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TematicheCina e Indo-PacificoWhy does China react to US war consignment to...

Why does China react to US war consignment to Taiwan?


The Pentagon’s Defense Security Cooperation Agency announced the Biden administration’s fifth arms transfer to Taiwan on July 15, the fourth in 2022. The package, which includes spare and maintenance parts for tanks and combat vehicles, as well as technical and logistical assistance from the US government and contractors, is believed to be worth $108 million.

According to the Pentagon, the transaction was in accordance with “US law and policy as contained in Public Law 96-8,” i.e. the Taiwan Relations Act of 1979. It stated that the arms sale supports Taiwan’s “ongoing efforts to modernise its armed forces and maintain a credible defensive capability;” that it contributes to the island’s “goal of maintaining its military capability while further enhancing interoperability with the United States and other allies;” and that it “will not change the basic military balance in the region.” Following the announcement of the arms sale to Taiwan, China’s People’s Liberation Army (PLA) launched a 10-aircraft raid into Taiwan’s southwestern Air Defense Identification Zone (ADIZ). It was the month’s largest sortie, including a Y-8 ASW (anti-submarine warfare) aircraft, a Y-8 EW (electronic warfare) aircraft, an H-6 bomber, six fighters (two J-11s, two J-16s, and two JH-7s), and a Z-9 ASW helicopter.

What sets this intrusion apart is that it was the first time Beijing responded to a US weapons transfer to Taiwan with sorties into Taipei’s southwestern ADIZ. The nature of the incursion, particularly the presence of the PLA Navy Z-9 ASW helicopter, clearly implies that the sorties were part of combined cross-service “combat preparedness patrols” conducted by the PLA’s Eastern Theater Command in reaction to US diplomatic outreach to Taiwan. The flightpath graphic published by Taiwan’s Ministry of National Defense appears to show that some of the aircraft crossed the southern area of the Median Line. There was no association between US military shipments to Taiwan and ADIZ intrusions prior to the July 15 incursion. There have been 11 arms sales to Taiwan – six by the Trump administration and five by the Biden administration – with accompanying ADIZ incursion data dating back to mid-September 2019. 

The Trump administration announced four arms sales to Taiwan in October 2020, while in August last year the Biden administration authorized its first arms sale to Taiwan: 40 155mm M109A6 Paladin Medium Self-Propelled Howitzer Systems. Earlier this year, the United States supplied equipment and services to “sustain, maintain, and upgrade” Taiwan’s Patriot missile defence system, and in April, the United States sold further equipment, training, and other items to assist the Patriot system. The United States approved the export of ship and ship-system spare parts to Taiwan in June 2022. In none of these ten incidents, China responded to US military supplies to Taiwan with aviation intrusions into Taiwan’s ADIZ. Beijing decried the military deliveries as undermining Chinese sovereignty and a violation of the three joint “communiques” signed by the United States and China, which it interprets as a guarantee by the United States to reduce arms supplies to Taiwan. For example, China’s Ministry of National Defense condemned the Trump administration’s agreement to deliver Harpoon anti-ship missiles to Taiwan and asked the US to “immediately cancel plans for arms sales to Taiwan, end US-Taiwan military ties, and stop providing weapons to the island.” The Chinese Foreign Ministry also imposed sanctions on US defence firms, including Boeing, the primary contractor on the Harpoon agreement.When Washington announced the transfer of Paladin self-propelled howitzers to Taiwan, China’s Foreign Ministry condemned it as “sending the incorrect signal to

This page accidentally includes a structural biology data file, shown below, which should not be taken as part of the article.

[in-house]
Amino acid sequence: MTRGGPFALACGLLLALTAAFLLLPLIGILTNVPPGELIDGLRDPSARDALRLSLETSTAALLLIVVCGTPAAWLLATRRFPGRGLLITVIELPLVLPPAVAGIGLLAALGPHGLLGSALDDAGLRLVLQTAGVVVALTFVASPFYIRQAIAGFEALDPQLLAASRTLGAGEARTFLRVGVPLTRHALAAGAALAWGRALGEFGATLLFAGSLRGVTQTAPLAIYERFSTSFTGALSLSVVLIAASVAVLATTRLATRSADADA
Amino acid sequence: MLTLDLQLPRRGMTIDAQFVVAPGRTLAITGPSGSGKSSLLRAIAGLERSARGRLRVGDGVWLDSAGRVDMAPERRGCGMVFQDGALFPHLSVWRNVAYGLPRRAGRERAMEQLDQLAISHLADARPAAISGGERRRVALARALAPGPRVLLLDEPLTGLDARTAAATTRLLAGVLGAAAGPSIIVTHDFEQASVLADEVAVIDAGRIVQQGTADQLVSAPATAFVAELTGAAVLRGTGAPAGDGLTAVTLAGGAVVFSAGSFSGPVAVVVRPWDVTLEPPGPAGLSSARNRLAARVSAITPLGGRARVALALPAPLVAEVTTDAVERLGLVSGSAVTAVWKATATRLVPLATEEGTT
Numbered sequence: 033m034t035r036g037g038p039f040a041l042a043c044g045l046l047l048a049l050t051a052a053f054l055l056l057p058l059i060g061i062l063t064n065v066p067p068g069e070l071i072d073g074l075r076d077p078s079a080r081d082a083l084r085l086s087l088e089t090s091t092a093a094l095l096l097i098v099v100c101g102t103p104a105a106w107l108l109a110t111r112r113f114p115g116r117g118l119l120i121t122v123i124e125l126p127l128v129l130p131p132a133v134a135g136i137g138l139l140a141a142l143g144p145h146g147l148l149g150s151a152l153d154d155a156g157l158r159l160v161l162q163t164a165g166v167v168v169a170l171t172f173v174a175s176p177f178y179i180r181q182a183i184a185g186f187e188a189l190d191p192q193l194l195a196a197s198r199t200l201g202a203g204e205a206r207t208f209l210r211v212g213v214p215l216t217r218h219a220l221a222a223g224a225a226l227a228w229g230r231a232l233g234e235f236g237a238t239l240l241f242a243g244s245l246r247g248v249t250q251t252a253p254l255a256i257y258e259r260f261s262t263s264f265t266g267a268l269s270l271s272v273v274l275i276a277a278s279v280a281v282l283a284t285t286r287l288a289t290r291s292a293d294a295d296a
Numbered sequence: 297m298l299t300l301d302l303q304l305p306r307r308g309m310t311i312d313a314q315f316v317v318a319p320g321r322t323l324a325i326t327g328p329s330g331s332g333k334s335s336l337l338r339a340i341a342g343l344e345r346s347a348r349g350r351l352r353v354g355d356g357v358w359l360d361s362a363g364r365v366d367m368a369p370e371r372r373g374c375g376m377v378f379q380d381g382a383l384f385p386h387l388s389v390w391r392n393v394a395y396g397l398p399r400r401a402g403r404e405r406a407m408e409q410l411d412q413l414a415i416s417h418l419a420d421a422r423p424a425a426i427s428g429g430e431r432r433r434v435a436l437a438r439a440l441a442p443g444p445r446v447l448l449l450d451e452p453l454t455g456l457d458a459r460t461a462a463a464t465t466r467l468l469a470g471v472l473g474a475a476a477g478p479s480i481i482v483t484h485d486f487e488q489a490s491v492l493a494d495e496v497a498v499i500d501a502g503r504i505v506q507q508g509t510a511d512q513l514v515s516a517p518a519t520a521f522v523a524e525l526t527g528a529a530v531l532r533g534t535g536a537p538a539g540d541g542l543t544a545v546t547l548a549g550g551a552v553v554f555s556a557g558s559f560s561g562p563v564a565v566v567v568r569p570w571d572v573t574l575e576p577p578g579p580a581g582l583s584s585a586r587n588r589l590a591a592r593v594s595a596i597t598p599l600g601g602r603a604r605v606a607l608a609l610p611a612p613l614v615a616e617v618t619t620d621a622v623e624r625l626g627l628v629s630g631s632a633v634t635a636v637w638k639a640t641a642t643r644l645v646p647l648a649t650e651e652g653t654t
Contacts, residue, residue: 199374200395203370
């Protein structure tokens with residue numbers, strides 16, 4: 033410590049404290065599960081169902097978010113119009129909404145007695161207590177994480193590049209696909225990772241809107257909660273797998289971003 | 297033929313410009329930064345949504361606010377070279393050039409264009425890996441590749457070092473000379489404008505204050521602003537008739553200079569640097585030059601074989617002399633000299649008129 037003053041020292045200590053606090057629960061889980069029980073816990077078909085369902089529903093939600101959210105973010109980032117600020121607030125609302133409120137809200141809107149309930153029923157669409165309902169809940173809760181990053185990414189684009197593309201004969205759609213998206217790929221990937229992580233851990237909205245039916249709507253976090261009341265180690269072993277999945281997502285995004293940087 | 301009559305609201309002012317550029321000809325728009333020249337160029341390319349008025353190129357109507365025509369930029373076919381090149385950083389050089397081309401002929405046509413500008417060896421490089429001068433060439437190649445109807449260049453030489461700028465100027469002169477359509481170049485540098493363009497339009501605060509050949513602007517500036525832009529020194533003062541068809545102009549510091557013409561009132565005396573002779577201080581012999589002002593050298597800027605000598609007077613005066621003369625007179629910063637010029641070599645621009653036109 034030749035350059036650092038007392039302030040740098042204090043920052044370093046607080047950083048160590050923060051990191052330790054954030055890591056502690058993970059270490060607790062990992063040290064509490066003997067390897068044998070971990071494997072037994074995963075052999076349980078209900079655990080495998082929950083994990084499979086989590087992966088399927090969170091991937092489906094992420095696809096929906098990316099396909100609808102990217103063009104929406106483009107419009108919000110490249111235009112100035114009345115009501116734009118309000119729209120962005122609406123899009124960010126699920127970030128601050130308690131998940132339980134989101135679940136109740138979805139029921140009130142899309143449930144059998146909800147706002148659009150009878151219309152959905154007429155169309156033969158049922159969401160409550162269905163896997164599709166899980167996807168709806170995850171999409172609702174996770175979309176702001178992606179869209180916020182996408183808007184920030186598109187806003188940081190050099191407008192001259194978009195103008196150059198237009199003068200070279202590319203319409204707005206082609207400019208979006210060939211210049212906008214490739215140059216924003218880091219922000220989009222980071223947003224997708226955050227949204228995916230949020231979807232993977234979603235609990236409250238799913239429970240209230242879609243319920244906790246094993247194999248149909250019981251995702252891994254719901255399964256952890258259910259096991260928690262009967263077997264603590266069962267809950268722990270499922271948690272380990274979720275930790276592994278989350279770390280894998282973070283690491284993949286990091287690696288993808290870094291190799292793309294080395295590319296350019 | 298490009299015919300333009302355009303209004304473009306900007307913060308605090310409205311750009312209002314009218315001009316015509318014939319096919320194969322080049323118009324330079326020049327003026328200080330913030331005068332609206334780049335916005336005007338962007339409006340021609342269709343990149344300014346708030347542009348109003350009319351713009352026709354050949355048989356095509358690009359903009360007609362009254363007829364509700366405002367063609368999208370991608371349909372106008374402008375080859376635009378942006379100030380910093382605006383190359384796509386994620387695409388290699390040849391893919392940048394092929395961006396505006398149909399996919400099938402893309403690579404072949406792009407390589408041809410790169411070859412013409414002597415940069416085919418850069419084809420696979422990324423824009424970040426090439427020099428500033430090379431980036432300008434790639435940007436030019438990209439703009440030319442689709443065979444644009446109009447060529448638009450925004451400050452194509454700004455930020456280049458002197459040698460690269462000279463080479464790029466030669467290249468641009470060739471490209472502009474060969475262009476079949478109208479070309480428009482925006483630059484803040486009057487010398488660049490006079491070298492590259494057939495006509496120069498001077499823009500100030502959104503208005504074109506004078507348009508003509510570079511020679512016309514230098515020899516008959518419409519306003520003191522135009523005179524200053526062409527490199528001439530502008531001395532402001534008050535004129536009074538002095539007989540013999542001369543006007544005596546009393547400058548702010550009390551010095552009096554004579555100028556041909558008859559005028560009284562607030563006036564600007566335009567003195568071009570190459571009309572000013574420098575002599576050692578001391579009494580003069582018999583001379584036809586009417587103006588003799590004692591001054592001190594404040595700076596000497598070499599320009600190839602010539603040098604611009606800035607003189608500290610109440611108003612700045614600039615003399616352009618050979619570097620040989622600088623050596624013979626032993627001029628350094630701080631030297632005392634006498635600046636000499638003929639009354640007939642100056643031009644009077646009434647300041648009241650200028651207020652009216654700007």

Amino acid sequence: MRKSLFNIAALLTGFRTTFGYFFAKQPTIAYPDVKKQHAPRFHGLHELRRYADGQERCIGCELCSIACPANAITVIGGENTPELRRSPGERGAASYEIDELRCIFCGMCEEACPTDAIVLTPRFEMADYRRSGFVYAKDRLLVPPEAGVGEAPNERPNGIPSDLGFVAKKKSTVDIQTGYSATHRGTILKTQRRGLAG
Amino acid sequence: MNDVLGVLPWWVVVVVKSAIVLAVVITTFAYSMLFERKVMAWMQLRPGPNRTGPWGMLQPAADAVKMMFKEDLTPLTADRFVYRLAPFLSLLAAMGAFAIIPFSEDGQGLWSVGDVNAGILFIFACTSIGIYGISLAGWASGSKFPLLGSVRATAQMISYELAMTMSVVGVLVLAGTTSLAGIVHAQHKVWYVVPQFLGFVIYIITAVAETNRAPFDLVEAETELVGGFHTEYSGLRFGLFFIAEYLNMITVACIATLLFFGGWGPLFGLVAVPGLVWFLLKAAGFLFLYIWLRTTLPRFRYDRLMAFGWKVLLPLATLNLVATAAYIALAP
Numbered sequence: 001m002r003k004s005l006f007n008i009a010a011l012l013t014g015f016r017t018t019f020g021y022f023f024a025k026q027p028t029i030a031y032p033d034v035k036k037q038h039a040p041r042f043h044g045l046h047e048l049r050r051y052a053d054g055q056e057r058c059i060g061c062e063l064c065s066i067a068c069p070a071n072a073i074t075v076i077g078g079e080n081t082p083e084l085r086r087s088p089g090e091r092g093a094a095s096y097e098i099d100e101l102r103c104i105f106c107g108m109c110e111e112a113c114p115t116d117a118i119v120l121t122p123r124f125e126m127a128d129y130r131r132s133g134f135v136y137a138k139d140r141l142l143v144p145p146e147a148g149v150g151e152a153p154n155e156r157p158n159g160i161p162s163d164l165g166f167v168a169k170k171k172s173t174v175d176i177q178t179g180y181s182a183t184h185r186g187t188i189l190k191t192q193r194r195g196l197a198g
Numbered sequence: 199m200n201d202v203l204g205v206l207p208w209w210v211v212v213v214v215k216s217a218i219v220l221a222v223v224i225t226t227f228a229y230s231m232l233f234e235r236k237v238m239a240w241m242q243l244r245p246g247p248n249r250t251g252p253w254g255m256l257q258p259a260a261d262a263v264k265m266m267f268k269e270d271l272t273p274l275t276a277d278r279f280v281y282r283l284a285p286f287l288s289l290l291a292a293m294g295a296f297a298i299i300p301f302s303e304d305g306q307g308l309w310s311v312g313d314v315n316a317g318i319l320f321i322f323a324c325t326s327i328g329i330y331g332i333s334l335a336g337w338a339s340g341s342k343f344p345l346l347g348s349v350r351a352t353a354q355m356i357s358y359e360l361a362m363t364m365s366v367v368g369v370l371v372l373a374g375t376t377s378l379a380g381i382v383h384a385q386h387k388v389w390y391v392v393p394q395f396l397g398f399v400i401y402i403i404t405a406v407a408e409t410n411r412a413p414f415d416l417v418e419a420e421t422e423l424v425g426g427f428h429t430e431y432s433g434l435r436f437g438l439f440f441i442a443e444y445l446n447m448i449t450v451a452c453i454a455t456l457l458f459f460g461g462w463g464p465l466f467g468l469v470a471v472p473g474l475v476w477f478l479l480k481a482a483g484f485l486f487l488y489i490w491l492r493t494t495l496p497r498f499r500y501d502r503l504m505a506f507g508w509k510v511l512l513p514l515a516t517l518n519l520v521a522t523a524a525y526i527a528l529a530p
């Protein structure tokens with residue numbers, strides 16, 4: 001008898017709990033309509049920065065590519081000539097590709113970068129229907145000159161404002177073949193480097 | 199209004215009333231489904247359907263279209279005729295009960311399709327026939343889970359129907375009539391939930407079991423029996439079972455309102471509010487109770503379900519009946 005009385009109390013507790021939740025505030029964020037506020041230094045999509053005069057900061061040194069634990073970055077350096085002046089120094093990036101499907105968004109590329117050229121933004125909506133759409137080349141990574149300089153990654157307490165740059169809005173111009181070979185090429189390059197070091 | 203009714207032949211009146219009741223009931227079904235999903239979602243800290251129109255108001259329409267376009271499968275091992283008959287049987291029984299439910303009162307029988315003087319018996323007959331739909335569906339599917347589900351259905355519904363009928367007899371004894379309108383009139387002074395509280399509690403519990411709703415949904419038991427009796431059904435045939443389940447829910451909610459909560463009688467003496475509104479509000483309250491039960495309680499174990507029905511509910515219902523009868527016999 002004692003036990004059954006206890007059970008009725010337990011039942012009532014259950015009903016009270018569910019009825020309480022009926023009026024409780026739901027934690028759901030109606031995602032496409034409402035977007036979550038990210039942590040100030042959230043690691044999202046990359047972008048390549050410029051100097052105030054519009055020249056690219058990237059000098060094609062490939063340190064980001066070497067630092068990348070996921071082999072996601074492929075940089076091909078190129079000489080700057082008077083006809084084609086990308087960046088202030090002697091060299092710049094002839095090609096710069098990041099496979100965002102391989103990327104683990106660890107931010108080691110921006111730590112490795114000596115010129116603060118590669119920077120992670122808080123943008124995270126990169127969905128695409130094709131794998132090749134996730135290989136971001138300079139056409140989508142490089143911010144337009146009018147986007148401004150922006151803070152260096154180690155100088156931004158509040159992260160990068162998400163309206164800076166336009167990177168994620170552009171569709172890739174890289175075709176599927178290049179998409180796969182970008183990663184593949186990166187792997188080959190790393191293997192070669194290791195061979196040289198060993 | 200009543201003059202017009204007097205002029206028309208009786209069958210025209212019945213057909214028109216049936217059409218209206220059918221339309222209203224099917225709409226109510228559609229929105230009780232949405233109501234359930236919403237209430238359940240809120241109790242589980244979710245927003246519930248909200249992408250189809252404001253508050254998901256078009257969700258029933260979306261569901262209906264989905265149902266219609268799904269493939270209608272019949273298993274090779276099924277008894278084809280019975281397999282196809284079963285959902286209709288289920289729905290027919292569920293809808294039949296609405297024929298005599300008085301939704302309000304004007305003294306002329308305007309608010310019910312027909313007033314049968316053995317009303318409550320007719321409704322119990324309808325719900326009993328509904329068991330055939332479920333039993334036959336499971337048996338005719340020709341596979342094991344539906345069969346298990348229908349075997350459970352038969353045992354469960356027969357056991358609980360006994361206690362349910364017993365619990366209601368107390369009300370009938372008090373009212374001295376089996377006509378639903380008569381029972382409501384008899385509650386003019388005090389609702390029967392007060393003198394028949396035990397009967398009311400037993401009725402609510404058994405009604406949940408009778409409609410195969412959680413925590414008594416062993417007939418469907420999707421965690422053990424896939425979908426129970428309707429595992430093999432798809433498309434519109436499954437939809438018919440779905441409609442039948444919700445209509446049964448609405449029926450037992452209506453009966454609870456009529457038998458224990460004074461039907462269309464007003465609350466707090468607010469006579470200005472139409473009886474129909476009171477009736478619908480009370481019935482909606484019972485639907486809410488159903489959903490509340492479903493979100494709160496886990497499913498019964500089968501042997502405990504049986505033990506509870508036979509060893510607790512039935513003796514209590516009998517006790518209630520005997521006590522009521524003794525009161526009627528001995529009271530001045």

Taiwanese independence forces and creating significant damage to China-US ties and the stability of the Taiwan Strait.” China is adamantly opposed to [the sale] and has made a serious representation to the United States.” On the margins of the Shangri-La Dialogue in June, Chinese Defense Minister Gen. Wei Fenghe met with Secretary of Defense Lloyd Austin and protested about Washington’s supply of ship spare parts to Taiwan. Wei told Austin that the arms deal “seriously damaged China’s sovereignty and security interests,” and that China “firmly opposes and strongly condemns it,” according to CCTV’s military station. Given its prior replies, China’s response to the selling of tank and combat vehicle spare parts and services with an airborne intrusion is unusual. Tank parts are hardly a game changer in terms of strategy, and the purchase pales in contrast to previous sales of military systems like Harpoon missiles or HIMARS, which can enhance Taiwan’s asymmetric defensive capabilities. It seems China is trying to display strength, but it is failing miserably at the same.

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